As you can tell from their name, bicep curls exercise the bicep muscles, and are a great exercise to do after the push ups mentioned earlier.

How do you do them?

By following these steps:

  • Standing up, hold a dumbbell in each hand, with your hands down by your sides and your palms facing forwards
  • Bend your elbows, taking care not to move your upper arms while you’re doing so, and curl the dumbbells up towards your shoulders
  • Pause before lowering the weights back down to your original position, making sure that your arms are straight

One mistake that many make with this exercise is…

Holding the dumbbell handles way too tightly. Try to loosen your grip, focussing instead on squeezing your biceps each time you move your elbows upwards, as though you are crushing something in the crease where they are bending.

Overhead Barbell Press

The overhead barbell press is an exercise that targets just about every part of your shoulder. This is quite a tough one, due to the way in which it requires you to lift a weight high up over your head, so opting for a weight that is lighter than what you usually lift may be a safer bet.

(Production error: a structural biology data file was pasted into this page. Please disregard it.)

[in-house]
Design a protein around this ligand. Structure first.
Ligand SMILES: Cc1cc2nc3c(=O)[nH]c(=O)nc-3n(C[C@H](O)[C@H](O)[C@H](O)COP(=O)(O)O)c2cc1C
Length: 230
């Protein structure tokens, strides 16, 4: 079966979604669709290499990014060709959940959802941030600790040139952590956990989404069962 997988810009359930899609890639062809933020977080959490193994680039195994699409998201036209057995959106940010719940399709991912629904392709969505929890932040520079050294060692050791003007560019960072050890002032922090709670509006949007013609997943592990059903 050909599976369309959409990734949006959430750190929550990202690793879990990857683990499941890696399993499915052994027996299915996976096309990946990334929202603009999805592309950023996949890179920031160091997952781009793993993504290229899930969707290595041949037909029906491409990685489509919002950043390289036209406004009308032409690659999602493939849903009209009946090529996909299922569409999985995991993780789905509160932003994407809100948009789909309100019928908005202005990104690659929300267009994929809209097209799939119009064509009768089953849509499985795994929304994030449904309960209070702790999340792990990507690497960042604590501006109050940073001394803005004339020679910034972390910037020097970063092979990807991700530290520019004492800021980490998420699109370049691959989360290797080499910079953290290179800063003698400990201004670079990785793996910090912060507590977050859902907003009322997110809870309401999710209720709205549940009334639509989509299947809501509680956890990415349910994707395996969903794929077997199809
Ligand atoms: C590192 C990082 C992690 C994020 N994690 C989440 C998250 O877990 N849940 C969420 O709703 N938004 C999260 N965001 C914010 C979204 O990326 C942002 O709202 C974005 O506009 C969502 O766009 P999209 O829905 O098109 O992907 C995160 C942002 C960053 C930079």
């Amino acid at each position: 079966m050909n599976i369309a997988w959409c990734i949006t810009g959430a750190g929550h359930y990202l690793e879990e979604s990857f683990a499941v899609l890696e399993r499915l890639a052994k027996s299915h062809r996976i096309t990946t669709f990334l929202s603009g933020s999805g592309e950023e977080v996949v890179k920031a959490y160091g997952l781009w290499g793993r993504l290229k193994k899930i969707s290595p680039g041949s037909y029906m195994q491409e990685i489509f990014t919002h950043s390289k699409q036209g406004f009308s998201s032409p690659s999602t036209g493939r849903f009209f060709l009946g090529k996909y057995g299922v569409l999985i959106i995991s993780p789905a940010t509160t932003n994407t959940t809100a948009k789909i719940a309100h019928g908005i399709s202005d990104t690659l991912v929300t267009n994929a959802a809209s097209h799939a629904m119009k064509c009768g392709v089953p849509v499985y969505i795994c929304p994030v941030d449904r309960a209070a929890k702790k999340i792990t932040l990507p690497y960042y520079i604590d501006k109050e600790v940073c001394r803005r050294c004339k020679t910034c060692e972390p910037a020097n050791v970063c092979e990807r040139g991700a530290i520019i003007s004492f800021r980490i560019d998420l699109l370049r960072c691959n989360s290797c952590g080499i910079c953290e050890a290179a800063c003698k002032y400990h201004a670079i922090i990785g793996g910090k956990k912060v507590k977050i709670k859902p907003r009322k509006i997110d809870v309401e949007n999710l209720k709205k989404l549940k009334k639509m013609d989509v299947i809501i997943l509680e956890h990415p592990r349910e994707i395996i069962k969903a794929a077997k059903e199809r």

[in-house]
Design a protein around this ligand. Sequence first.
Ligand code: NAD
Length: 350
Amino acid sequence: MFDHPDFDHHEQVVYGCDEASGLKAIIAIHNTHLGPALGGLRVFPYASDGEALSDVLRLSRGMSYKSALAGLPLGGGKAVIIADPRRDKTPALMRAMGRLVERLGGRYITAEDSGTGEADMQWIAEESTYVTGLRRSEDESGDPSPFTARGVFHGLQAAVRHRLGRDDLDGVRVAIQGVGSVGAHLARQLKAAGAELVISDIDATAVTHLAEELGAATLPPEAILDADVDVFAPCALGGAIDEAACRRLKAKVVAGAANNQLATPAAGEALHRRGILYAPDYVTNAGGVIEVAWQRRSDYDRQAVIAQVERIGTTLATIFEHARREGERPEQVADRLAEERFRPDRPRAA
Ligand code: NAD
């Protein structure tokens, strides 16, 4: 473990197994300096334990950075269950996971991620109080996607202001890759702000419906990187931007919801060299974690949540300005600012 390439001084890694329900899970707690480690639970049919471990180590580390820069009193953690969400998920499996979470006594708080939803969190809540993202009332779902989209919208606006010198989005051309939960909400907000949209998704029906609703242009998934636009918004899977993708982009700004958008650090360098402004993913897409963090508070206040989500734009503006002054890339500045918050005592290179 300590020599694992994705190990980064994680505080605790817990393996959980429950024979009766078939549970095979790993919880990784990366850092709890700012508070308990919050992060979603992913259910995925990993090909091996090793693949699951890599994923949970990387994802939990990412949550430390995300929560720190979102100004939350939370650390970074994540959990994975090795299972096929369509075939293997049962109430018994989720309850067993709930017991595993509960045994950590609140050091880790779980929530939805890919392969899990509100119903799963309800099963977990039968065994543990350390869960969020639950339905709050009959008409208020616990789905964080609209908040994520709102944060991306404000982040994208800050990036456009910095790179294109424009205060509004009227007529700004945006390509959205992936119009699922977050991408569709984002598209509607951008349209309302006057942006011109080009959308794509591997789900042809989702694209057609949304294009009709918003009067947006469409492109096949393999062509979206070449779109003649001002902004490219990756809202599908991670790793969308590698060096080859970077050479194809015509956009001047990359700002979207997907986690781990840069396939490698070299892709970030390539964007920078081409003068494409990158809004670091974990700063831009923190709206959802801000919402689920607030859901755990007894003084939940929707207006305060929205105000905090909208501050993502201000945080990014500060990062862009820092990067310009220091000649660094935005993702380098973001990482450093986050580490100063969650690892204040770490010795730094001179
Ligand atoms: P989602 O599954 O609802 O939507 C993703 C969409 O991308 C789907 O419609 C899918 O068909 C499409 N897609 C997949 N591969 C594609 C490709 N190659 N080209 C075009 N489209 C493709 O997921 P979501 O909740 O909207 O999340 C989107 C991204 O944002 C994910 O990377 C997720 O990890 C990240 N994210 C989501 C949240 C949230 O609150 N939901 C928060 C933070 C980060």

This is an exercise best done standing up, although you may need to sit on a chair with some back support if you are using a heavier weight. 

Ready to get started? 

Follow these steps: 

  • Hold the barbell bar, keeping your hands just slightly wider than shoulder width 
  • Slowly bring the bar up to your forehead, bending your elbows as you do so 
  • Press the weight up above your head, making sure to keep your back straight and your abs contracted. Be careful not to lock your elbows once your arms have straightened up 
  • Exhale slowly before returning your arms back to their original position, and then repeating these steps 

A common variation to this exercise is lifting the bar up and behind the neck, but this is something that you shouldn’t attempt. 


Because this version often leads to strained muscles in the rotator cuff and neck. If you follow the steps above instead, this targets the muscles in your shoulders without putting any unnecessary pressure on them. 

The Skull Crusher

The Skull Crusher may sound a little scary, but this is a fantastic workout for your arms.